Introduction: T-shirt Mashup

About: I run Neal's CNC in Hayward, CA, an expert CNC cutting and fabrication service, easily findable by Google search. I'm a founding member of Noisebridge, a hackerspace in San Francisco, and Ace Makerspace (forme…

Mashups are all the rage these days. You see Google mashups, song mashups, someone somewhere is even talking about business mashups... This Instructable describes a simple way to mashup clothing. There are of course a million other ways to do this.

Suppose you have two tshirts. One fits you but has a boring image on it. The other is too small, but has a cool image. Here's a quick and easy way to combine them into one excellent shirt that fits.

Step 1: Tools and Materials

  • Two T-shirts as described in the intro

T-shirts come in various weights and qualities of fabric. This technique works best if the two shirts are made of similar fabric, but small variations will be fine. I don't recommend using woven fabric for the second shirt since it won't move in the same way as the knit, plus the edges will unravel and the patch will probably come off. Two woven shirts would work, but you'll need to keep the edges from ravelling either by hemming, serging, fabric glue, or some other method.

  • scissors
  • sewing machine (this can also be sewn by hand)
  • tape measure - optional

Get an idea of what the finished shirt will look like by folding up the one with the good image and laying it on top of the one that fits.

Step 2: Cut Up the Shirt With the Image You Like

I always start by cutting pretty much the whole front of the shirt off, as this leaves the most options. Especially if the shirt you're cutting up has a smaller image on it than the shirt that fits.

You may want to measure the size of the image you're going to cover up, to make sure your cut-up will fit completely over it. If the cut-up image is much bigger, there's really no need.

Step 3: Pin the Cutout Onto the Shirt-that-fits

I find this is MUCH easier if there is something flat inside the shirt. This way I don't pin through the back of the shirt and I don't have to keep rearranging the pins. A piece of plastic works best but cardboard will do just fine. I used the back of a yello lined pad.

In most cases, pin perpendicular to the line you're going to sew along so you don't have to take the pins out as you go along, or worry (much) about sewing over them.

Step 4: Sew the Cut-up Onto the Shirt-that-fits

Take the cardboard or whatever out of the shirt and put the shirt into the sewing machine. I like to use contrasting thread and here I've used white to match the shirt-that-fits. Use a fairly long stitch length. If the shirt fabric is very stretchy, or if the shirt is tight when it's on you, use a slight zig-zag stitch so the stitching line has some stretch to it. The stitching line will necessarily not stretch as much as the fabric but for most cases this is find. If the shirt is VERY tight on you, this probably isn't a good technique to use to alter it.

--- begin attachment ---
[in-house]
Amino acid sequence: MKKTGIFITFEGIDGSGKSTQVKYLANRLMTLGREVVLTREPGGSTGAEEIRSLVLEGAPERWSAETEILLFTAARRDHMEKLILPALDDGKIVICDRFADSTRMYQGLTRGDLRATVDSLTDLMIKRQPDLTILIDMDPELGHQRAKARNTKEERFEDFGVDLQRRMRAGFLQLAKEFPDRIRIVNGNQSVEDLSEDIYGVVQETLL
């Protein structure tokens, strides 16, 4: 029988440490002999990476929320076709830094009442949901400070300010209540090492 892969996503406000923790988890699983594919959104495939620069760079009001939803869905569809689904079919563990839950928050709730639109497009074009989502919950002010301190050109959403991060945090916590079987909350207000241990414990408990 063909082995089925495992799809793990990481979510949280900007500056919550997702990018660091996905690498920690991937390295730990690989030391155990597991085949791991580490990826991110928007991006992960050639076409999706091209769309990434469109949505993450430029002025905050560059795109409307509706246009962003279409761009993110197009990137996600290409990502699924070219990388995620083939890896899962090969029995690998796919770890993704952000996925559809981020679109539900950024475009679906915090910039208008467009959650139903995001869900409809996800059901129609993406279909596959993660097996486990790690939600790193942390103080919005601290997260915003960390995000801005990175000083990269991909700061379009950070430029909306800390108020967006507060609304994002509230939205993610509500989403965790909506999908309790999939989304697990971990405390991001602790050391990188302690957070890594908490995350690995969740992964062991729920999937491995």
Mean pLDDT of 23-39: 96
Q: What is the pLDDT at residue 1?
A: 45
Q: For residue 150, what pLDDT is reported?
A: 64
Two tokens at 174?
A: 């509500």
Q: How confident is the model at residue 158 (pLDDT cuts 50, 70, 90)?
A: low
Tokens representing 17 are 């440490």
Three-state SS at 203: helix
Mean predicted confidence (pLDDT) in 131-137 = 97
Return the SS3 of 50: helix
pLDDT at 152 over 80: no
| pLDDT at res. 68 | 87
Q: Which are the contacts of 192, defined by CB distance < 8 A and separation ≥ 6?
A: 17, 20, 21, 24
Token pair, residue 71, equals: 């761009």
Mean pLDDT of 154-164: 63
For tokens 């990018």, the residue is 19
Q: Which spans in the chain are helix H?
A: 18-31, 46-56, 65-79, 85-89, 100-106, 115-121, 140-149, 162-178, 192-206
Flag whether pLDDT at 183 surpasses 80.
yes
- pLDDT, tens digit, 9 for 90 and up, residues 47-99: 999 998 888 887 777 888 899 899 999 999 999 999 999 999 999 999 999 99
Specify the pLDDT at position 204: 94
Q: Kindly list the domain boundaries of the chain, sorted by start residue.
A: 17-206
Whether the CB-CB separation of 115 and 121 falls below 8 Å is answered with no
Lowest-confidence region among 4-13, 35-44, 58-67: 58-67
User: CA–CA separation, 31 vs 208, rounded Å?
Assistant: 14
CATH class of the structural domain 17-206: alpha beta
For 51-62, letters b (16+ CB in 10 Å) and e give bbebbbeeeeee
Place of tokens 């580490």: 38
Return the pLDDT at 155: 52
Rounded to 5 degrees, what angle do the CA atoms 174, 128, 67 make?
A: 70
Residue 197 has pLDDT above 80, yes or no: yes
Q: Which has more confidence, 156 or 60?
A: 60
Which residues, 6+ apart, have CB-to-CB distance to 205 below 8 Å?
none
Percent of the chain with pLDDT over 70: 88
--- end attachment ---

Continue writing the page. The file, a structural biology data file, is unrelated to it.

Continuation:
Check out the comments on the pictures for ideas about avoiding some common problems, like sewing over pins or having the lines come out uneven from one edge to the other.

Step 5: Trim the Edges Along the Sewing Line

First trim the edges of the cut-out, about an eighth of an inch out from the sewing line. Then turn the shirt inside out and trim the inside of the shirt away so you don't have two layers over the whole new image area. You don't have to trim the inside as close and as tidily as the outside.

Step 6: Wear It Proudly!

That's it. Your new mashed-up shirt(s) is(are) ready to wear. Knits don't ravel so you can wash this in the same way as before - you might get a couple of bits of fluff hanging off if you trimmed unevenly but these can just be cut off. If you trimmed too close and get a hole, just sew it up again.

The next step is just some additional tricks. I mashed up a second pair of shirts, where I had a larger original image and a smaller cover-up image, to show you some ways of dealing with that.

Step 7: More Info (optional)

For this shirt, I had a large, ugly, green image I wanted to replace with a smaller cooler image from a smaller shirt. the smaller shirt had a tiny logo on the back that I cut out but didn't end up using. This one was a bit problematic because I didn't have a lot of space above the motorcycle image to balance the space below it, because the image was printed quite close to the original shirt's neckband.

After some playing around, I came up with a shape that is kind of like a modified highway sign that I thought was appropriate for this biker pic. I'd have liked the image to be a bit lower down but this was acceptable and I simply didn't have any extra space to work with. Also because of the tightness of the space and the fact that the shape is not made of straight lines, I placed the pins along the stitching line instead of perpendicular to it. I had to take each pin out as I sewed; if you do this make sure the pins are all facing the same direction, away from you as you sew, because it is very hard to take a pin out when the sewing machine presser foot is in the way.

I didn't sew this as carefully and ended up with stitching that was too tight. I fixed this by not cutting the ends of the thread off short when I took it out of the machine, and just scootching the fabric along the stitching line until I reached a stitching end. This is easier to see pix of than read about.